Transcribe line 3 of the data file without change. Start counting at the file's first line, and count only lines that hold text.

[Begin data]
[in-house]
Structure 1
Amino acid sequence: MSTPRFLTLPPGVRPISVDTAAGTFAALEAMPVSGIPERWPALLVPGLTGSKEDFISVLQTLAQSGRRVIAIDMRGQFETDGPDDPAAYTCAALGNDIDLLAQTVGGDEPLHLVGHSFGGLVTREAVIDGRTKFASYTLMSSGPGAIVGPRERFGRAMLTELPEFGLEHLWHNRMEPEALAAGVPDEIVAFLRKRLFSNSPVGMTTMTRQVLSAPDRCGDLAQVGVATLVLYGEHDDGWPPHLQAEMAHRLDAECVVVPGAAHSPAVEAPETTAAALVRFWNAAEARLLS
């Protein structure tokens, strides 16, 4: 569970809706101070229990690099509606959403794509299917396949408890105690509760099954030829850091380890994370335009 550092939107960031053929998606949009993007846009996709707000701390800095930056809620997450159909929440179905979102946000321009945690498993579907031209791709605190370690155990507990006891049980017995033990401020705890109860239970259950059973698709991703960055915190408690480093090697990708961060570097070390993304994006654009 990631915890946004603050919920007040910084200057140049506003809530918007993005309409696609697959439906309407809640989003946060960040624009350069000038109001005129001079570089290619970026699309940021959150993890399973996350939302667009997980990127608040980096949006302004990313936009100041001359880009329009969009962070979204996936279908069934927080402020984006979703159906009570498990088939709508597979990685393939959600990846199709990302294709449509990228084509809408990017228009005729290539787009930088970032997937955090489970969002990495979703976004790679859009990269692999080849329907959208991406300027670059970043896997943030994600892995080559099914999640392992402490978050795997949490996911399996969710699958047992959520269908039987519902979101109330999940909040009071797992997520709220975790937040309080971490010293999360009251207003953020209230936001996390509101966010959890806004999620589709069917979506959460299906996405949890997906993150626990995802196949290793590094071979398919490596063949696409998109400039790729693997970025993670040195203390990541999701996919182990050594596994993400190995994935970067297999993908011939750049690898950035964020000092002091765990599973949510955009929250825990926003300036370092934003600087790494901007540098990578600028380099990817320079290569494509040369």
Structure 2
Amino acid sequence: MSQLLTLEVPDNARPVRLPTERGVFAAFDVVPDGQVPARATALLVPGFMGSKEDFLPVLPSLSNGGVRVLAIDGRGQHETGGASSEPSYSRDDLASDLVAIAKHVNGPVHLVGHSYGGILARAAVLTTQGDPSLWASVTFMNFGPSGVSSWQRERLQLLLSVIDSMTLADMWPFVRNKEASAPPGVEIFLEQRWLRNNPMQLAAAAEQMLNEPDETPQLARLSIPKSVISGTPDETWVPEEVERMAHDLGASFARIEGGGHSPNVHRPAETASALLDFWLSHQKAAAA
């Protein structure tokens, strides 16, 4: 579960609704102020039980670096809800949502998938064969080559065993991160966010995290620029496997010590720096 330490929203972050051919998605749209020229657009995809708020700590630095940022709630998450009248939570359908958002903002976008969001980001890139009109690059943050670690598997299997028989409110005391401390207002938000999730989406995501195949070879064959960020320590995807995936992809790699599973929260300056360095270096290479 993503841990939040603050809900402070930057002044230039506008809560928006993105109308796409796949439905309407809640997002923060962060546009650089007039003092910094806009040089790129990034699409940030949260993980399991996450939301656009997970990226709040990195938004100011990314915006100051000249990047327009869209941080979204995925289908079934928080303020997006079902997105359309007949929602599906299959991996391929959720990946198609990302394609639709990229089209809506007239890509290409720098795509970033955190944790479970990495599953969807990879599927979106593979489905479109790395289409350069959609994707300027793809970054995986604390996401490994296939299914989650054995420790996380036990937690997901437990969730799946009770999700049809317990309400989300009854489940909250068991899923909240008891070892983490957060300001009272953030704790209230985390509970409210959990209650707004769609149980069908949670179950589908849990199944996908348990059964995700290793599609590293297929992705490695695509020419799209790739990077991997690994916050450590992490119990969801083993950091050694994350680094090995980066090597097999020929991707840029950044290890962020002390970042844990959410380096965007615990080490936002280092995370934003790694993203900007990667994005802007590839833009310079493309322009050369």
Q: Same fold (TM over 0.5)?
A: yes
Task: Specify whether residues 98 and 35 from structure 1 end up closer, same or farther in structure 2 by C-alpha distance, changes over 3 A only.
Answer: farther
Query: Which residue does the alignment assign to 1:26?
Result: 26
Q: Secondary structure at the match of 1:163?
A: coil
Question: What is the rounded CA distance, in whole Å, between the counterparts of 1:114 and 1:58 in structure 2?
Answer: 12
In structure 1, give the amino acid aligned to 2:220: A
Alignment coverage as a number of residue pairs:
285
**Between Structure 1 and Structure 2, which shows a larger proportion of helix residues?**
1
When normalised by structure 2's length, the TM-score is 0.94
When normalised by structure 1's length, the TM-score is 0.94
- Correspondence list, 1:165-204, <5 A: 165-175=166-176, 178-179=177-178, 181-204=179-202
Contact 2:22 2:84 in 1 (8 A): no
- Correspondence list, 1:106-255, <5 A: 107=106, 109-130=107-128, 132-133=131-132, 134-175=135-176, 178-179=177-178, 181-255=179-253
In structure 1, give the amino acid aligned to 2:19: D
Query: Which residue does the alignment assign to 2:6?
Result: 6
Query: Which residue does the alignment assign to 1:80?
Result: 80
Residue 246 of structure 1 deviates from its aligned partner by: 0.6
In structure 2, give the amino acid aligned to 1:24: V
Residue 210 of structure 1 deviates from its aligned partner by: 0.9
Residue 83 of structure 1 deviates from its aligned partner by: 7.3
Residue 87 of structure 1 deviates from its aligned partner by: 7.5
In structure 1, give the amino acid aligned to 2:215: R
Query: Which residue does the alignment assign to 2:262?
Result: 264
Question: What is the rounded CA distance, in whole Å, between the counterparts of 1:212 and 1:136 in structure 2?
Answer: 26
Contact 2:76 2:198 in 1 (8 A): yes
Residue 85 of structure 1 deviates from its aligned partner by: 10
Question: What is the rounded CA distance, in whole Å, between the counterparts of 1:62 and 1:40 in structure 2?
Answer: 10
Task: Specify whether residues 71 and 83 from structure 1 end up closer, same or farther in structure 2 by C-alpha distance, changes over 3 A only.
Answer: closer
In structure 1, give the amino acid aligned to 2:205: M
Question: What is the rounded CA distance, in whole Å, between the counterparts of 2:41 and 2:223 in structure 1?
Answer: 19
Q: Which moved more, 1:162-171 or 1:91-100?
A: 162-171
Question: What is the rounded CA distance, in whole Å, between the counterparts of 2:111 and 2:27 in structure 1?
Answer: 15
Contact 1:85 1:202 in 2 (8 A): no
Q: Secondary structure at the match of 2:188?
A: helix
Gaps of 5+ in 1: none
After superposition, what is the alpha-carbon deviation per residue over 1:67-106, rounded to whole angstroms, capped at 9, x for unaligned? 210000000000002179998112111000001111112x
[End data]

Amino acid sequence: MSTPRFLTLPPGVRPISVDTAAGTFAALEAMPVSGIPERWPALLVPGLTGSKEDFISVLQTLAQSGRRVIAIDMRGQFETDGPDDPAAYTCAALGNDIDLLAQTVGGDEPLHLVGHSFGGLVTREAVIDGRTKFASYTLMSSGPGAIVGPRERFGRAMLTELPEFGLEHLWHNRMEPEALAAGVPDEIVAFLRKRLFSNSPVGMTTMTRQVLSAPDRCGDLAQVGVATLVLYGEHDDGWPPHLQAEMAHRLDAECVVVPGAAHSPAVEAPETTAAALVRFWNAAEARLLS